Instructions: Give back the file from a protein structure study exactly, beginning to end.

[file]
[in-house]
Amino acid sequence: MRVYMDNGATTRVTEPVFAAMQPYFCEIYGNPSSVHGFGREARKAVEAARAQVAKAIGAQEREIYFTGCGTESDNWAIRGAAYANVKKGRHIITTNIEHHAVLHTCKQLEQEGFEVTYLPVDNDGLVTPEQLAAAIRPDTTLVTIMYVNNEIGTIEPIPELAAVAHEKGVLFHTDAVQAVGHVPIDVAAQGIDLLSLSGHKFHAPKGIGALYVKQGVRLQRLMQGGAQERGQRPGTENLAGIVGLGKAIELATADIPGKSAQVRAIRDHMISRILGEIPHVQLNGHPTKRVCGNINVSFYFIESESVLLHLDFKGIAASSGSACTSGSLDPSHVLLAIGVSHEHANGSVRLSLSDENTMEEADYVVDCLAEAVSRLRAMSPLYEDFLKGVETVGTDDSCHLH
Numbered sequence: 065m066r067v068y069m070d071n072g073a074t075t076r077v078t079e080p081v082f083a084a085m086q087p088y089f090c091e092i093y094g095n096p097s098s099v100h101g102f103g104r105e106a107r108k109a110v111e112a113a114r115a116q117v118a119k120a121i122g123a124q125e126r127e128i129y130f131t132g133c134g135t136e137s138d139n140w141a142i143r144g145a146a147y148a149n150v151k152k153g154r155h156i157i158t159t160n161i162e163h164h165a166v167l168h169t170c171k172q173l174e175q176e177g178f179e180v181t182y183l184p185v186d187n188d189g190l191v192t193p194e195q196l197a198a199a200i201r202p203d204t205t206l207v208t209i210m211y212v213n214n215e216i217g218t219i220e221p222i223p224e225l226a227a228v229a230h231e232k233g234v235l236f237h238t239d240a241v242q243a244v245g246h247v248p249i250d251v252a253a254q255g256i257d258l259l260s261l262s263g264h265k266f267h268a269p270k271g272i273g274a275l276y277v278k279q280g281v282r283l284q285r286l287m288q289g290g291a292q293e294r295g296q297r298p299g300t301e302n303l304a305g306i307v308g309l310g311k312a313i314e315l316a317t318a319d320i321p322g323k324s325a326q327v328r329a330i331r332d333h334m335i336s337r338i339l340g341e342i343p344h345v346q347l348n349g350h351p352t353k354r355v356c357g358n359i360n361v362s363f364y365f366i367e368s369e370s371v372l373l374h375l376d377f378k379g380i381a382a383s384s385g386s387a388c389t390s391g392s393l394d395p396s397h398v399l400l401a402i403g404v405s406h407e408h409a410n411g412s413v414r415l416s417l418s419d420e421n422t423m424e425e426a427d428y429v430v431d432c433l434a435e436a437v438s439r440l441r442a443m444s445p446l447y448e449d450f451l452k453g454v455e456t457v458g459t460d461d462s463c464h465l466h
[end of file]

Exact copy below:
[in-house]
Amino acid sequence: MRVYMDNGATTRVTEPVFAAMQPYFCEIYGNPSSVHGFGREARKAVEAARAQVAKAIGAQEREIYFTGCGTESDNWAIRGAAYANVKKGRHIITTNIEHHAVLHTCKQLEQEGFEVTYLPVDNDGLVTPEQLAAAIRPDTTLVTIMYVNNEIGTIEPIPELAAVAHEKGVLFHTDAVQAVGHVPIDVAAQGIDLLSLSGHKFHAPKGIGALYVKQGVRLQRLMQGGAQERGQRPGTENLAGIVGLGKAIELATADIPGKSAQVRAIRDHMISRILGEIPHVQLNGHPTKRVCGNINVSFYFIESESVLLHLDFKGIAASSGSACTSGSLDPSHVLLAIGVSHEHANGSVRLSLSDENTMEEADYVVDCLAEAVSRLRAMSPLYEDFLKGVETVGTDDSCHLH
Numbered sequence: 065m066r067v068y069m070d071n072g073a074t075t076r077v078t079e080p081v082f083a084a085m086q087p088y089f090c091e092i093y094g095n096p097s098s099v100h101g102f103g104r105e106a107r108k109a110v111e112a113a114r115a116q117v118a119k120a121i122g123a124q125e126r127e128i129y130f131t132g133c134g135t136e137s138d139n140w141a142i143r144g145a146a147y148a149n150v151k152k153g154r155h156i157i158t159t160n161i162e163h164h165a166v167l168h169t170c171k172q173l174e175q176e177g178f179e180v181t182y183l184p185v186d187n188d189g190l191v192t193p194e195q196l197a198a199a200i201r202p203d204t205t206l207v208t209i210m211y212v213n214n215e216i217g218t219i220e221p222i223p224e225l226a227a228v229a230h231e232k233g234v235l236f237h238t239d240a241v242q243a244v245g246h247v248p249i250d251v252a253a254q255g256i257d258l259l260s261l262s263g264h265k266f267h268a269p270k271g272i273g274a275l276y277v278k279q280g281v282r283l284q285r286l287m288q289g290g291a292q293e294r295g296q297r298p299g300t301e302n303l304a305g306i307v308g309l310g311k312a313i314e315l316a317t318a319d320i321p322g323k324s325a326q327v328r329a330i331r332d333h334m335i336s337r338i339l340g341e342i343p344h345v346q347l348n349g350h351p352t353k354r355v356c357g358n359i360n361v362s363f364y365f366i367e368s369e370s371v372l373l374h375l376d377f378k379g380i381a382a383s384s385g386s387a388c389t390s391g392s393l394d395p396s397h398v399l400l401a402i403g404v405s406h407e408h409a410n411g412s413v414r415l416s417l418s419d420e421n422t423m424e425e426a427d428y429v430v431d432c433l434a435e436a437v438s439r440l441r442a443m444s445p446l447y448e449d450f451l452k453g454v455e456t457v458g459t460d461d462s463c464h465l466h